Witchcraft is not safe, for a whole host of reasons, but it should never be unsafe because the people you’re working with don’t appreciate the agency of what they’re working with, have an unrealistic view of what could potentially happen, or a lack of ability to roll with it when shit goes down. Because if we’re to break down that Demon Palm Tree Bubble and live in this ‘reenchanted’ world, it is far better to be the tempered blade than the good-looking, shiny one that was never tested.

Meme Magic

A Synchronicity And Meme Magic

Synchronicity is a strange old thing. Write a post mentioning meme magic one day, and get a podcast in your podcatcher the next about that very thing.

You may have already heard of the Pepe the Frog meme, a rather (in my opinion) uninspiring meme created in 2005 by a Matt Furie. Described by the ever-colorful Encyclopedia Dramatica, Pepe is a “retarded cartoon frog that has plagued the chan imageboards (and later the world)”, if you find him as uninspiring as I do, it’s hard to see why Pepe has become some popular. However, while the Encylopedia Dramatica attributes Pepe’s success to “the autistic basement-dwellers who won’t stop shitposting it”, A.T.L Carver attributes Pepe’s success to far more arcane reasons (see first link at the end for more). Reasons which I’m going to unpack here as well include my own additions, because it is all really quite uncanny.

In (Not So) Fair 4Chan Do We Set Our Scene

For those of you who avoid the dank 4chan (and similar) areas of the internet, the first thing you need to understand about 4chan is that anonymity is preferred. The second is that there are different boards on the site dedicated to a wide-range of topics, and that basically anything goes. Lastly, you need to know that Pepe somehow became the unofficial mascot of the /pol/ chan (‘politically incorrect’ board).

It’s hard to make any concrete statements about 4chan and the users who make up the site, there’s just far too much diversity of opinion on there to really label it one way or another. It is equally possible to see posts from alt-right and self-described Nazis as it is from communists, or indeed anything else. However, one thing they all seem to value is the right to say whatever the hell they want. In many ways, 4chan is the epitome of chaos.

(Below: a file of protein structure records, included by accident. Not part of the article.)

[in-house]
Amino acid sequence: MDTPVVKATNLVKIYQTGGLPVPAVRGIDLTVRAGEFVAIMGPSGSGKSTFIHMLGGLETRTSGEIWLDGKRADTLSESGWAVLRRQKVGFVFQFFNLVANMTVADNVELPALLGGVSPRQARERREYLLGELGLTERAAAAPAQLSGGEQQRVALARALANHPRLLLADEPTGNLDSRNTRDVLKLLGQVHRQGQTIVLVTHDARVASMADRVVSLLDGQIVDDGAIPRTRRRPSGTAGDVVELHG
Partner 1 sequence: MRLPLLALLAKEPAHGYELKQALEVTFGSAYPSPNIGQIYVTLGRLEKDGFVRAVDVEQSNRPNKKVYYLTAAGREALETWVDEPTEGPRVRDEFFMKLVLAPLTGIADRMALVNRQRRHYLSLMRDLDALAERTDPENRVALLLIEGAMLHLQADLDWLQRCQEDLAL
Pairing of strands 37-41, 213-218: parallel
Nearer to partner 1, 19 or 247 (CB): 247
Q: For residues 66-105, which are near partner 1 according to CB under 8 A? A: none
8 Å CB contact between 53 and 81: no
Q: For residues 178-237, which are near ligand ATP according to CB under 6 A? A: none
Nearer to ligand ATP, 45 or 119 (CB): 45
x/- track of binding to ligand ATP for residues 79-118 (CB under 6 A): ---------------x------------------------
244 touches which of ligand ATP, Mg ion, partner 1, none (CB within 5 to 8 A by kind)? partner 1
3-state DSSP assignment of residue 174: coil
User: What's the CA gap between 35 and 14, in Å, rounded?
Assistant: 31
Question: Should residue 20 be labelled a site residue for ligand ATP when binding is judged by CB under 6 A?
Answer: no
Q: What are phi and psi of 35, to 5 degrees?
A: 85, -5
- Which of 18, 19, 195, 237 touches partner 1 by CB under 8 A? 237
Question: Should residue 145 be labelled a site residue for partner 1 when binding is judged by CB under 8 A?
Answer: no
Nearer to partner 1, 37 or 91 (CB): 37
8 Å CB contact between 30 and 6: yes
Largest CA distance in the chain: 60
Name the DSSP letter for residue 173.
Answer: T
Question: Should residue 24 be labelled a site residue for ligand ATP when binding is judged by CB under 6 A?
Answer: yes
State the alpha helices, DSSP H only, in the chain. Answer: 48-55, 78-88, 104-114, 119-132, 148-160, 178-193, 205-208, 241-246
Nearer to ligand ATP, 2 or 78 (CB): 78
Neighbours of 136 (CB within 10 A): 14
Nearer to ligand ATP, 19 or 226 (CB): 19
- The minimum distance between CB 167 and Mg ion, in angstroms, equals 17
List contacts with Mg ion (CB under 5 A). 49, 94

However, as you will see, the association between Pepe and /pol/ would come to be a match made by Eris.

When Trump announced his candidacy Pepe became connected with Trump, but it wasn’t long before this link took a more bizarre and esoteric twist.

Meme Magic - Trump pepe

”Dubs” and “GETS”

The next thing that you need to understand about 4chan is that while the site is mostly anonymous, each post is assigned a 9 digit (it was 8 digit) ID number after posting. Because of the sheer volume of users on the site, this makes it impossible to know if you’re going to get what is known as “dubs”. “Dubs” are basically when you get the same two digits at the end of your post ID number. So for example, ‘#569823055’ would be a “dub”. The same principle applies with “trips” and “quads” (three and four of the same digits at the end of a post ID).

Because of the randomized nature of “dubs”, it became common to bet on “dubs”, in other words, to make a post essentially stating that it was going to be a “dub”, and when these bets were successful, they were “GETS”.

This may all seem pretty random right now, but bear with me, it will all start to become clear as I go on.

Now, 4chan is a heavy traffic site with around 900,000 – 1,000,000 posts per day. It’s a behemoth of a site, and it’s this traffic that needs to be kept in mind when considering the probability aspect of “dubs” and “GETS”. The chances are…well, people try to work it out all the time and invariably end up arguing about it, but it’s fairly high. It’s not something you can exactly plan, and so when “dubs” reoccur around a subject or personage, significance tends to be assigned.

Meme Magic - prophecy

‘The Prophecy of Kek’. Note the post ID #.